WHEN WOMEN HAD TAILS/WHEN WOMEN LOST THEIR TAILS.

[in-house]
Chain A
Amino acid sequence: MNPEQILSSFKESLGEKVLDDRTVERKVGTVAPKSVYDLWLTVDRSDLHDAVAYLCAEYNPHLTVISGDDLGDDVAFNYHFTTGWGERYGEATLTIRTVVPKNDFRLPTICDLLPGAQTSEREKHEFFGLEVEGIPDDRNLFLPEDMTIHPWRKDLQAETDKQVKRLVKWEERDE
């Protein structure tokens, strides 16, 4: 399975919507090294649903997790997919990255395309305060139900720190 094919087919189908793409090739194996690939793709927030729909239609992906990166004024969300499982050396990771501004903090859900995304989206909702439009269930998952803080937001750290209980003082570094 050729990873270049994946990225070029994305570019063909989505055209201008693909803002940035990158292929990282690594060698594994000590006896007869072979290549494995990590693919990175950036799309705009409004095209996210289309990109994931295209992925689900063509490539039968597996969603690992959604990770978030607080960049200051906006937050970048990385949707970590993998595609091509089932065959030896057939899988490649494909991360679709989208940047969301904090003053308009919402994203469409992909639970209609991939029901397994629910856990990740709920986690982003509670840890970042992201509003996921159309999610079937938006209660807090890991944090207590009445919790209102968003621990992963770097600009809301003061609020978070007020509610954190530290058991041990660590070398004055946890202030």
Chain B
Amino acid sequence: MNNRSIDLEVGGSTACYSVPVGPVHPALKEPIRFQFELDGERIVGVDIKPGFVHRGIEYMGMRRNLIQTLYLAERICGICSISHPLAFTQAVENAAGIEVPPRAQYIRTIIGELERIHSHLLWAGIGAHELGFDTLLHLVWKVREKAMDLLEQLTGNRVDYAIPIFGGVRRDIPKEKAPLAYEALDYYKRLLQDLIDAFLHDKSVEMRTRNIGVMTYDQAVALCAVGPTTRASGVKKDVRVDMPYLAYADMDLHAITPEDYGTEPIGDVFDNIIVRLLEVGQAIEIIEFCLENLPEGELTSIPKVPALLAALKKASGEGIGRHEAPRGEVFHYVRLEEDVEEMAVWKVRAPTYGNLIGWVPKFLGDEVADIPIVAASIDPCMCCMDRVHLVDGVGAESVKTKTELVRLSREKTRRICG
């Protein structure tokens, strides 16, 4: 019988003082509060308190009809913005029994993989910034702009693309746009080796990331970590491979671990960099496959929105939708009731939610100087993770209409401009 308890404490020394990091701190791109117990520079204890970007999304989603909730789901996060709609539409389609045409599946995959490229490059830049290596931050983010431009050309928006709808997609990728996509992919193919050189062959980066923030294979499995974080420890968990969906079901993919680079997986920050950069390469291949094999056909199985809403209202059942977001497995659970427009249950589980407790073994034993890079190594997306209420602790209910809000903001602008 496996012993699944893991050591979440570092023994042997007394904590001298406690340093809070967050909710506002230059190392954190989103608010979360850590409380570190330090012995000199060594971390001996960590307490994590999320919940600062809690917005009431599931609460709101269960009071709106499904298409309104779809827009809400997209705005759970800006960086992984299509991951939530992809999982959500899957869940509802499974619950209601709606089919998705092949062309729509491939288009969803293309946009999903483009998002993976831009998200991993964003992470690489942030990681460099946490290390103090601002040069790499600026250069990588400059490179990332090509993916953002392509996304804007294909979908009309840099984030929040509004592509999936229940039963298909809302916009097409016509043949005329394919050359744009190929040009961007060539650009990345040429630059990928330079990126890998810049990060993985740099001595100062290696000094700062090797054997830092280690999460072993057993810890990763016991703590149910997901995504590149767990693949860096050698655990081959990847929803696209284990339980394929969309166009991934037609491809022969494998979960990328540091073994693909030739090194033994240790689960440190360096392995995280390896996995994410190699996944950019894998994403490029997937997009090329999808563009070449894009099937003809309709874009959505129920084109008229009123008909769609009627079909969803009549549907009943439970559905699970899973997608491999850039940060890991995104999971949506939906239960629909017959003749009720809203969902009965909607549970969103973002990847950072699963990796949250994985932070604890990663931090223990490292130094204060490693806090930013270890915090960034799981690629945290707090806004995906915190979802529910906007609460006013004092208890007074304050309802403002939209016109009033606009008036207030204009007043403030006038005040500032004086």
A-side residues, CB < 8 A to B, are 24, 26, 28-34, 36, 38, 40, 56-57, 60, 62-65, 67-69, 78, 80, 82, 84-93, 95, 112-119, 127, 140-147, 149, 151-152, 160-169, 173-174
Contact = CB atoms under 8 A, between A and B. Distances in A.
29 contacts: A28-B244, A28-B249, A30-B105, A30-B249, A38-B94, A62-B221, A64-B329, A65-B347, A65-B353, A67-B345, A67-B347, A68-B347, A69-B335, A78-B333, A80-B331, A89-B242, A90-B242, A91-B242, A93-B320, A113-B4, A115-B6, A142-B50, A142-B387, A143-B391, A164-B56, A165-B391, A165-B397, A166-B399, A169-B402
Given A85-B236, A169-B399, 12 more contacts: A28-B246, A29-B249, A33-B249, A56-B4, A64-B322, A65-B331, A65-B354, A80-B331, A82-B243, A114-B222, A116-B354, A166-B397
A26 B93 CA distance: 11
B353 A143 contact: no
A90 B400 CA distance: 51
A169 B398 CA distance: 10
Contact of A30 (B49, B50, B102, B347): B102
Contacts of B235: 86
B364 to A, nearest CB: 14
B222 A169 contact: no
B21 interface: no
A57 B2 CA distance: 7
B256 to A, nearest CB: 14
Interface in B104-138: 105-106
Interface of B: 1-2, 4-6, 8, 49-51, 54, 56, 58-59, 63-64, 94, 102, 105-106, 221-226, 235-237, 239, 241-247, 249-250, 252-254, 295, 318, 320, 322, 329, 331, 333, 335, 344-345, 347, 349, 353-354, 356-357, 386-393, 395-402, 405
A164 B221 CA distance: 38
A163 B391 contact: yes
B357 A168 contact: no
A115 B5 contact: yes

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Two soundtracks on one compact disc, that is always an attraction, and when they are great scores it is even more of a temptation to purchase it. The two scores in question are WHEN WOMEN HAD TAILS and it’s sequel WHEN WOMEN LOST THEIR TAILS. These two prehistoric comedies were popular during the 1970,s, the first WHEN WOMEN HAD TAILS was scored by Ennio Morricone and one can only remark that this is Morricone at his best. There is not one track on this score that requires the listener to reach for the skip button on the CD player, it is a score that is brimming with some of the most infectious and vibrantly entertaining music that I have ever come across. The score is bursting with energy and overflowing with many of the trademark sounds and standard writing styles of the Maestro. The choral work which is the work of Alessandro Alessandroni and his excellent IL CANTORI MODERNI is breathtaking and in fact it is this vocalizing that gives the score its wonderful vitality and infectious persona. Eight of the eleven cues from WHEN WOMEN HAD TAILS contains choral accompaniment, the movie which is a kind of comic take on ONE MILLION YEARS BC and a precursor to films like CAVEMAN was successful in a number of European countries as well as its country of origin. An LP record of Morricones soundtrack was available during the 1970,s but this was a bootleg and was soon a very rare and hard to find item. Morricone,s music is wonderful and as well as the stunning choral performances we are treated to must hear cues that include the utilization of cheeky sounding woodwind, seductive harpsichord and the luxurious solo vocals of Edda dell orso. Track number five is a favourite of mine, Morricone parodies the nursery rhyme THREE BLIND MICE, weaving the familiar strains of the song into the framework of the score, this is not just entertaining but also engaging and enchanting. The soundtrack is a triumph of tongue in cheek scoring  and one that is full of numerous WAH, WAH,S a plethora of grunts and an abundance of sighs and over the top vocalizing that is embellished enhanced and ably supported by some highly irreverent orchestration, that includes digaredoo and wooden blocks either announcing or punctuating the proceedings.  The second score is from WHEN WOMEN LOST THEIR TAILS, this was released in 1972,the music which is penned by Bruno Nicolai was never released at the time of the movie being in cinemas, and sat in the CAM archives for many years untouched, although probably not as energetic or thematic as Morricone’s original score this work does have its moments. There are within it a number of references to the original score, but Nicolai as always manages to infuse a degree of originality into the score and places his own musical fingerprint upon proceedings. Nicolai’s score is completely instrumental and contains not choral support, but it still has a zestful and cheeky aura to it. Released as part of the CAM film music encyclopedia series back in 2001,this is a compact disc that should be in every Italian film music fans collection. If you missed it find it and savour a great pairing of soundtracks and some fantastic 70’s film music.

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